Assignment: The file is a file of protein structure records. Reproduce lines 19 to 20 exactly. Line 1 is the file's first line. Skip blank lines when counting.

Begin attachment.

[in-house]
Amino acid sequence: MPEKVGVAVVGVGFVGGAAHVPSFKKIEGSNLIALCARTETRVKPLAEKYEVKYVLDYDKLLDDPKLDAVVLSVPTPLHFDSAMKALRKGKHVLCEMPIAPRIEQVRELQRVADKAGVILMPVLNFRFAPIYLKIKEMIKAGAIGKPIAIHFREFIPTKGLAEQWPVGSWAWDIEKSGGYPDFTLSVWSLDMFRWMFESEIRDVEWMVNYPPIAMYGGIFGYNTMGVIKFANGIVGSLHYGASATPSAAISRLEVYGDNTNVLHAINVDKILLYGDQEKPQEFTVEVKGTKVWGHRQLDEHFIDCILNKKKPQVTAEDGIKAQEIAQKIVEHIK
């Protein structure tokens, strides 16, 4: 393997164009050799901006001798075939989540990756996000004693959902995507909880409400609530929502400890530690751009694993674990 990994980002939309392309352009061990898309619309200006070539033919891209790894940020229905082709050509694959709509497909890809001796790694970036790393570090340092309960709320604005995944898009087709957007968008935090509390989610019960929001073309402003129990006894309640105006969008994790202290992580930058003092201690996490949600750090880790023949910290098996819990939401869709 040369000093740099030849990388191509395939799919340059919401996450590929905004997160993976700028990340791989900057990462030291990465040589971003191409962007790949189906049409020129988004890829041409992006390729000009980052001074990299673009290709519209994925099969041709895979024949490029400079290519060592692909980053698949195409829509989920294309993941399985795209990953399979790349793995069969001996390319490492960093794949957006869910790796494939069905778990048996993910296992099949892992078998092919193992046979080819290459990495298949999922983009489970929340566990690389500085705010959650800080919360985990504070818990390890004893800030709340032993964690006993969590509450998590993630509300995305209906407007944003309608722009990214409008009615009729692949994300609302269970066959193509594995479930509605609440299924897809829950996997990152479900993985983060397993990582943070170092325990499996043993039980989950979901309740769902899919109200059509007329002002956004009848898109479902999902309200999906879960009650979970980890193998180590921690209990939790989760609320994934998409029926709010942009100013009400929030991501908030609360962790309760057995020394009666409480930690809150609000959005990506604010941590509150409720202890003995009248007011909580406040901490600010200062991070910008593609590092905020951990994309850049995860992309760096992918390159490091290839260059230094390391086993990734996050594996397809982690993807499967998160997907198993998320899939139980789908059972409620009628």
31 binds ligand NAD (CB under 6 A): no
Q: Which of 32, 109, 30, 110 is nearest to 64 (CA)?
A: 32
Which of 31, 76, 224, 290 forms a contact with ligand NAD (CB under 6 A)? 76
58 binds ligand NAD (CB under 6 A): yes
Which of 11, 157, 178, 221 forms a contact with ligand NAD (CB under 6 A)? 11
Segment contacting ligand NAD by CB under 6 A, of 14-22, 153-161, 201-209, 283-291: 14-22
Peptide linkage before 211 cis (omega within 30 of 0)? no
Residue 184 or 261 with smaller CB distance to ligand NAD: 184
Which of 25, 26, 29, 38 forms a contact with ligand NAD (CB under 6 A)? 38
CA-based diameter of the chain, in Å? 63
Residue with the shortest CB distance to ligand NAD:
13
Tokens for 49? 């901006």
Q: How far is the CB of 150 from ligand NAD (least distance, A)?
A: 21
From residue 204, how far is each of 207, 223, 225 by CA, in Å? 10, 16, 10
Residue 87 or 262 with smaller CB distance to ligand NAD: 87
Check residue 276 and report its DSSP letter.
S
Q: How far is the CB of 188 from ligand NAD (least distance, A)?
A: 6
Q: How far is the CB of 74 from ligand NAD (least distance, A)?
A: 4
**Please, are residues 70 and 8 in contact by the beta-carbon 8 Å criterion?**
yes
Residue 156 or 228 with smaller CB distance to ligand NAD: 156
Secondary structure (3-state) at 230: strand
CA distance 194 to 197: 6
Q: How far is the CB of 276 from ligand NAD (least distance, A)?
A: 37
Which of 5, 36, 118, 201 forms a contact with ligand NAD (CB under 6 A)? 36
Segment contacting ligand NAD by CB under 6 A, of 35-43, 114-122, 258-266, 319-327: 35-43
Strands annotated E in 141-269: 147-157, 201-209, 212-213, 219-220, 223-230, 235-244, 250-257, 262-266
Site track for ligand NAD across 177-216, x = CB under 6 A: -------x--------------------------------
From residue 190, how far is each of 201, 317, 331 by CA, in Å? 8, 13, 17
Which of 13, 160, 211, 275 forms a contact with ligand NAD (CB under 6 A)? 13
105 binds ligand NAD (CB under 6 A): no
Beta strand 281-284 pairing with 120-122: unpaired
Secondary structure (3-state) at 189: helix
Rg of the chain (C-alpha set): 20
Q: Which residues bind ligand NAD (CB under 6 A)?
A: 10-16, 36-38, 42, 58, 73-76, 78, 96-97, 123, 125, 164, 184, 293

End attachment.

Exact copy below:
A: 21
From residue 204, how far is each of 207, 223, 225 by CA, in Å? 10, 16, 10